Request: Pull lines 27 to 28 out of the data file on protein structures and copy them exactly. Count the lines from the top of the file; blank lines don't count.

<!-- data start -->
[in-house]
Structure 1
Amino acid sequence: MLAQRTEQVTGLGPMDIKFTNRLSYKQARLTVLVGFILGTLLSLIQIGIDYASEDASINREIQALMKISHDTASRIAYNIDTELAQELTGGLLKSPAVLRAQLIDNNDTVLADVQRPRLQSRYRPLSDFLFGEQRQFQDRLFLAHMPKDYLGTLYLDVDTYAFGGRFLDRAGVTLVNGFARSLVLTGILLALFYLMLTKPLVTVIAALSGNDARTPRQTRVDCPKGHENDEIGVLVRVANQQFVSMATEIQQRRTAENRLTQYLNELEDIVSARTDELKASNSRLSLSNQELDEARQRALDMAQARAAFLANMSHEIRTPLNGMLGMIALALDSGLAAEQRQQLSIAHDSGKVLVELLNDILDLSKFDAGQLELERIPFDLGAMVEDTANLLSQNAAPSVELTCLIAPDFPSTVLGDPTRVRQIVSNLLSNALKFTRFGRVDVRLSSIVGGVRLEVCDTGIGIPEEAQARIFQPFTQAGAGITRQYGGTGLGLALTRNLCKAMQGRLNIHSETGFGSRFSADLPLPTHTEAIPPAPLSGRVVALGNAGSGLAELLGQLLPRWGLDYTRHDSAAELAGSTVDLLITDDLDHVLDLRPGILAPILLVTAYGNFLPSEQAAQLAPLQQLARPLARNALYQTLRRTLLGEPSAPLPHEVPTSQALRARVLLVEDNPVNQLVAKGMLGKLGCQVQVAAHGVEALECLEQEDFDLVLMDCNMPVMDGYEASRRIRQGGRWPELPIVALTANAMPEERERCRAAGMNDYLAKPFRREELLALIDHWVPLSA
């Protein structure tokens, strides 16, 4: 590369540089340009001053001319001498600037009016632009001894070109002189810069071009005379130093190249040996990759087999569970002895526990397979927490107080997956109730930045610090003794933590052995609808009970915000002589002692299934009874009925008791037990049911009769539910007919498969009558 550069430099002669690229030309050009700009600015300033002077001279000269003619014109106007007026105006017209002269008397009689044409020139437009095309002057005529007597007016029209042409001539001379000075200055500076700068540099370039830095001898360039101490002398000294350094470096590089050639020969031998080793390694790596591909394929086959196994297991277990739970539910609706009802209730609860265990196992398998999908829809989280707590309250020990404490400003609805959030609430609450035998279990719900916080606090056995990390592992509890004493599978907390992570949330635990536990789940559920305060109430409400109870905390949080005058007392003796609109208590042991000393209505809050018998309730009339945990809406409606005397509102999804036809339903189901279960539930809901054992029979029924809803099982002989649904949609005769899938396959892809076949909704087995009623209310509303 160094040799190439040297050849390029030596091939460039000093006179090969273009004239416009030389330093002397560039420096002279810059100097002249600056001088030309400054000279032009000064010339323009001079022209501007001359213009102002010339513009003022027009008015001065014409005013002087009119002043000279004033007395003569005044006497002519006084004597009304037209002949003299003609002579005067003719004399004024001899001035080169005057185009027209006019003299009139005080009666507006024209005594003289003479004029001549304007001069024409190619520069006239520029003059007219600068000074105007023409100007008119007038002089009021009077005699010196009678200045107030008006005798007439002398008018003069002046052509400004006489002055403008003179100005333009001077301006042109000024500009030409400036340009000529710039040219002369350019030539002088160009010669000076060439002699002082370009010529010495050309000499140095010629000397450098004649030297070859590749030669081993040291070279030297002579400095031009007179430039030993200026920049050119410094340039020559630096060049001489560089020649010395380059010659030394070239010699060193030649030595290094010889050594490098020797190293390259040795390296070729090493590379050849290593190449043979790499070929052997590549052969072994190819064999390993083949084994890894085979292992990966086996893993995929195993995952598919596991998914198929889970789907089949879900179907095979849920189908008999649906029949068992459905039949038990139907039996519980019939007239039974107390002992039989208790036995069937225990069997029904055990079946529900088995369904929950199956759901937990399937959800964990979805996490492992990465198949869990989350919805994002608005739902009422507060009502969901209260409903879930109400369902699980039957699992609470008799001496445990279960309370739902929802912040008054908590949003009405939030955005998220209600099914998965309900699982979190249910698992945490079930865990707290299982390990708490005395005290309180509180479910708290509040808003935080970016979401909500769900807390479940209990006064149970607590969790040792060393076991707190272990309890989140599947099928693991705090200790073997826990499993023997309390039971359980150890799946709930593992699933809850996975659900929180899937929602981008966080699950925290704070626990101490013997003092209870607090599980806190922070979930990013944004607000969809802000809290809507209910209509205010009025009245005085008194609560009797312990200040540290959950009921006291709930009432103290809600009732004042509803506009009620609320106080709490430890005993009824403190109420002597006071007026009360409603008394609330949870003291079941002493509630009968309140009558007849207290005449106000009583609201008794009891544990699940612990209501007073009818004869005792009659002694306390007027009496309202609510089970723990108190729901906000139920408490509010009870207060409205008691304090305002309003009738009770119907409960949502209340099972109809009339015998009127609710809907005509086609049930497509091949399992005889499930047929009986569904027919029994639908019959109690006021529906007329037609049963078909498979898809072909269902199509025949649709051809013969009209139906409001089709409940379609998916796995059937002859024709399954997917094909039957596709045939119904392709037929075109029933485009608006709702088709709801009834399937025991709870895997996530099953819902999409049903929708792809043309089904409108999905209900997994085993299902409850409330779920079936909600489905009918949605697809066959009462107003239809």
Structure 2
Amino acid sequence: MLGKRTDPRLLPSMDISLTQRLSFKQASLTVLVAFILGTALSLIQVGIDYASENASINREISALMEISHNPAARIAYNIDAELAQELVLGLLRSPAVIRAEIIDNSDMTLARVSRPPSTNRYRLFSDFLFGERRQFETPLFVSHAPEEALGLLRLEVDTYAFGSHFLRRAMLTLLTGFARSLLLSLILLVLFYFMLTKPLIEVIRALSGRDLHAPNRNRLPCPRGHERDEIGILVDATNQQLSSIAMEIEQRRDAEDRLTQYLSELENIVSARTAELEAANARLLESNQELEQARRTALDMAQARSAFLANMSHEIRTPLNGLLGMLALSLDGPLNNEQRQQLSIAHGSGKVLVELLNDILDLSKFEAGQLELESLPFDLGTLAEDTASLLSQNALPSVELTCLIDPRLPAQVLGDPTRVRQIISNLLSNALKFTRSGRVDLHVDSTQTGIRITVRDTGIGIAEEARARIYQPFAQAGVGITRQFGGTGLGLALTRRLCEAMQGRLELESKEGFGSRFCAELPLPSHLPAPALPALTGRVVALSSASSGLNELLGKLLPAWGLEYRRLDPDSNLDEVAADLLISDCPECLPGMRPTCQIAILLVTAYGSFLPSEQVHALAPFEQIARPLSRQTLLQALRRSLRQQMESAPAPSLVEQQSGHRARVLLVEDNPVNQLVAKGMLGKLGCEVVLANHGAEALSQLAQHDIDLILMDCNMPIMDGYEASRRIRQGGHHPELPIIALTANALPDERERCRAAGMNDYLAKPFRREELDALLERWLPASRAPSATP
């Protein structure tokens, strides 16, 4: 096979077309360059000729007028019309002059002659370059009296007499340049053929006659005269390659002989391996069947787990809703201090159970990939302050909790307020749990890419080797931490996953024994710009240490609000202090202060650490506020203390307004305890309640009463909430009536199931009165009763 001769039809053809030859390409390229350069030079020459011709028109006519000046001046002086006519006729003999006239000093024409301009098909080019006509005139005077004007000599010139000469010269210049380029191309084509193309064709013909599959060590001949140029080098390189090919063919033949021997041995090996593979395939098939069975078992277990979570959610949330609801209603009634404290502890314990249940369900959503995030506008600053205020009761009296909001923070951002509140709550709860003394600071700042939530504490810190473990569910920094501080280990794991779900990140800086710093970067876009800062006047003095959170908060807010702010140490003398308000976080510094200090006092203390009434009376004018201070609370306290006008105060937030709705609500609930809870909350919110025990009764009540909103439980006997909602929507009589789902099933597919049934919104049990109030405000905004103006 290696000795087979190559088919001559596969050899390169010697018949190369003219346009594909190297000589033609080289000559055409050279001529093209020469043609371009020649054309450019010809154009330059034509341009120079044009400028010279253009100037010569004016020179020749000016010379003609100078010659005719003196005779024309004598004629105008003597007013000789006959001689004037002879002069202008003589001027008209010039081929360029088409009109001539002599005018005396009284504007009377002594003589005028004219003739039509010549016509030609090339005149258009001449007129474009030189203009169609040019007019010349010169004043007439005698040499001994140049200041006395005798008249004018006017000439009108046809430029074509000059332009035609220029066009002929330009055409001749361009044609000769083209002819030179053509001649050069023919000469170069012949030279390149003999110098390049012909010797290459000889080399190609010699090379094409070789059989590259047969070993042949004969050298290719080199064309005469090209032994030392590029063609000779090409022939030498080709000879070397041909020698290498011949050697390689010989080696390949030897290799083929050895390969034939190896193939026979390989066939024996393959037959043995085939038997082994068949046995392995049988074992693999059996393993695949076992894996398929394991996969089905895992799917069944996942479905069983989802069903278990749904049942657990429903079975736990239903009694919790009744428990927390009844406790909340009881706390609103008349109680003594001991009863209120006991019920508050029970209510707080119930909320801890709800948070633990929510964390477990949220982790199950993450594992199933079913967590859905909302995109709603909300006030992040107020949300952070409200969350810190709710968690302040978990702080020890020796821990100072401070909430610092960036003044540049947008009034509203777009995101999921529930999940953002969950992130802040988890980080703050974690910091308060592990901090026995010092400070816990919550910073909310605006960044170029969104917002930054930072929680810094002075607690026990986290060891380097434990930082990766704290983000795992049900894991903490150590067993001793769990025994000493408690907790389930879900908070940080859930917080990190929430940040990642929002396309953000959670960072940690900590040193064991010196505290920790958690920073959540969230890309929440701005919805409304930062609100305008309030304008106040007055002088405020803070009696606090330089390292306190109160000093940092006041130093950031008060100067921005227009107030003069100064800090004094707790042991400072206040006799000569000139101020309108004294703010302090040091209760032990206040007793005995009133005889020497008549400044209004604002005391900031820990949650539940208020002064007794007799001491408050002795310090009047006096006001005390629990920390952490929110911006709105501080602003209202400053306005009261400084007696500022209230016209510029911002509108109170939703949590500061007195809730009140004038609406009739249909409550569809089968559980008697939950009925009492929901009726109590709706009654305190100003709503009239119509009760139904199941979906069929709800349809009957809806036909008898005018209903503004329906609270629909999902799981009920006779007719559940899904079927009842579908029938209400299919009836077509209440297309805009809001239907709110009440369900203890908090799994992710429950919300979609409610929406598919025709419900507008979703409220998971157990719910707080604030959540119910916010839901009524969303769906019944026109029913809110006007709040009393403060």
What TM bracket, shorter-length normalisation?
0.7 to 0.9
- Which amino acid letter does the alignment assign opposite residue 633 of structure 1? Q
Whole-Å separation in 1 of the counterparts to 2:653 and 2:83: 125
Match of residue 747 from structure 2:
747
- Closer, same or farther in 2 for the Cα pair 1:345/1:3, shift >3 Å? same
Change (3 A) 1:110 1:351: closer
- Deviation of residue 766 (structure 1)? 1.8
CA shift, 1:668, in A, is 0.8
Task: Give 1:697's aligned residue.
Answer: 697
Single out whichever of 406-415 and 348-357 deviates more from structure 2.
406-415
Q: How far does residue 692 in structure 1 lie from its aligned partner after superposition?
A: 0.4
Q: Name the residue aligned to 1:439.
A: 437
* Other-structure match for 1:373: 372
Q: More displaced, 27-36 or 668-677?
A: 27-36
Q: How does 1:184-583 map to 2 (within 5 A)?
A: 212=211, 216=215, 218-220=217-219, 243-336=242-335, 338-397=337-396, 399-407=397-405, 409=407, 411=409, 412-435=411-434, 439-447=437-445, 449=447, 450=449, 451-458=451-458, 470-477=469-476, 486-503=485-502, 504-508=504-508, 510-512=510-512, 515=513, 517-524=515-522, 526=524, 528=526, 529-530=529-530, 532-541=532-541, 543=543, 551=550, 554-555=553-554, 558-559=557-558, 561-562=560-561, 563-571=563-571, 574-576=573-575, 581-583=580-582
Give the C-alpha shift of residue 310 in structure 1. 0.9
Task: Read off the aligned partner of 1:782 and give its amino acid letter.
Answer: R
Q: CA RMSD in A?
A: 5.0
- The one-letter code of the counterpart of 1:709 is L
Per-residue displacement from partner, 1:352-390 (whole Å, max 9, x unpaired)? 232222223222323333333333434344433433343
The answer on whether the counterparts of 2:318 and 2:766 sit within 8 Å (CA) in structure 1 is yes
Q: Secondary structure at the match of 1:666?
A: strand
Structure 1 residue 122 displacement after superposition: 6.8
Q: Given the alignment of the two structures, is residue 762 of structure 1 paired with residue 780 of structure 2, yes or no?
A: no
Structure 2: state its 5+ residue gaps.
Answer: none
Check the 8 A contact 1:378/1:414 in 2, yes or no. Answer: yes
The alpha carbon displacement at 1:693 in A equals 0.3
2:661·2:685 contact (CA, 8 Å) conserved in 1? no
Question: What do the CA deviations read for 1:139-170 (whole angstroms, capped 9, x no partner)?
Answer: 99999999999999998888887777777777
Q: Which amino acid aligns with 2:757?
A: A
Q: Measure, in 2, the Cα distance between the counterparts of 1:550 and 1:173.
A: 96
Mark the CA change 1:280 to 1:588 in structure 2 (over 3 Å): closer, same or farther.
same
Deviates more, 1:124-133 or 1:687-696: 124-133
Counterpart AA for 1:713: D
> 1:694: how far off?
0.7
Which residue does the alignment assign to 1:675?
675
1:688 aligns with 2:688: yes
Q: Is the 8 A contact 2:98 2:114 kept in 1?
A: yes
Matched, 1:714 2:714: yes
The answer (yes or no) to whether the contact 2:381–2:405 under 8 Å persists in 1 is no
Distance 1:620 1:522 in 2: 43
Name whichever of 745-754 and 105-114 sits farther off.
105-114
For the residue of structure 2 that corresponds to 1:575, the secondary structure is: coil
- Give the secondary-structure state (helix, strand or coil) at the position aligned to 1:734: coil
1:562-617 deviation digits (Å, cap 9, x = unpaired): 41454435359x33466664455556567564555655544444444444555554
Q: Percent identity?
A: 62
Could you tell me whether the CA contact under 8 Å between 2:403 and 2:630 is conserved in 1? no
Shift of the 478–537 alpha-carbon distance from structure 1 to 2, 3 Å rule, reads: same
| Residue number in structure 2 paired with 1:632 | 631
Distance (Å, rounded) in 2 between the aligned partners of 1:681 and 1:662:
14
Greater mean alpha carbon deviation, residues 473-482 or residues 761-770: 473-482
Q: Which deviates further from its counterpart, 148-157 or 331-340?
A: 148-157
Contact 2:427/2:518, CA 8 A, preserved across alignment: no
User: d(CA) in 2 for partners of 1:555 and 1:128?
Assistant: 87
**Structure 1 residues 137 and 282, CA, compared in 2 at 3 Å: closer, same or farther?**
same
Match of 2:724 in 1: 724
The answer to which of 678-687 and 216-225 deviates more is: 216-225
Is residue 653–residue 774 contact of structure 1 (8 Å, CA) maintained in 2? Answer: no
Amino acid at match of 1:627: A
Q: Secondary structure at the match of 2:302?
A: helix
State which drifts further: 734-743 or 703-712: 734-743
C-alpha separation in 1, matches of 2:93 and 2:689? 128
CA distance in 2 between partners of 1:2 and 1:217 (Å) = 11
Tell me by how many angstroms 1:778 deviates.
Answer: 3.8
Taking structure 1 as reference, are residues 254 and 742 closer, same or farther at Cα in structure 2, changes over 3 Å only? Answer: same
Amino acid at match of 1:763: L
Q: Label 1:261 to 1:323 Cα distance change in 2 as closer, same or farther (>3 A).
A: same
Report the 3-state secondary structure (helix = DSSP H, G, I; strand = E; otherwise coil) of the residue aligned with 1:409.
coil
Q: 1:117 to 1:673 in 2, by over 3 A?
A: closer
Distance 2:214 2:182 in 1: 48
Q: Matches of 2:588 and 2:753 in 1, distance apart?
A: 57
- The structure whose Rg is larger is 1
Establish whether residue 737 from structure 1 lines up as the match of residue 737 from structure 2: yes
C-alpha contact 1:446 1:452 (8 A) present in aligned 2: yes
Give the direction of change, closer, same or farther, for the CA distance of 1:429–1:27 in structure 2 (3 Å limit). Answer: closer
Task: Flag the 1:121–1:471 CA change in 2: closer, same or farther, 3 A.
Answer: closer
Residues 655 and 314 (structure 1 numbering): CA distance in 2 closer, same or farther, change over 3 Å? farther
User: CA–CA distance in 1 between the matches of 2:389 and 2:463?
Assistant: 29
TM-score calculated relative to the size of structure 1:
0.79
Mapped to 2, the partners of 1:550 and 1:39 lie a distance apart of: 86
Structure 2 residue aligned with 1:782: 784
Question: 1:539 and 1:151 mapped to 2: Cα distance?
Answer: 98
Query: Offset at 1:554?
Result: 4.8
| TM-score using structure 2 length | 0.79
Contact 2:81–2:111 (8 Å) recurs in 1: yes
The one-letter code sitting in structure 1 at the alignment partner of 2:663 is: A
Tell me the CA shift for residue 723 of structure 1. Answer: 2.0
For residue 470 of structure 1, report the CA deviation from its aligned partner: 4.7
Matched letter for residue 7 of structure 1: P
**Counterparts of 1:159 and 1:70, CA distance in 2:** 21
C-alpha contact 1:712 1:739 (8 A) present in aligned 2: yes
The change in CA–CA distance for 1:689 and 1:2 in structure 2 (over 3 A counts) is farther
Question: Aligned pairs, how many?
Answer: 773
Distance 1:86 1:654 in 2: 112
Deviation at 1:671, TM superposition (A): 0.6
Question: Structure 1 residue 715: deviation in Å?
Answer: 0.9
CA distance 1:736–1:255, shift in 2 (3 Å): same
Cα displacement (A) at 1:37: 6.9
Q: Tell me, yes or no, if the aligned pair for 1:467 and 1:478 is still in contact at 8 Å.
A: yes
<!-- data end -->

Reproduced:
Q: More displaced, 27-36 or 668-677?
A: 27-36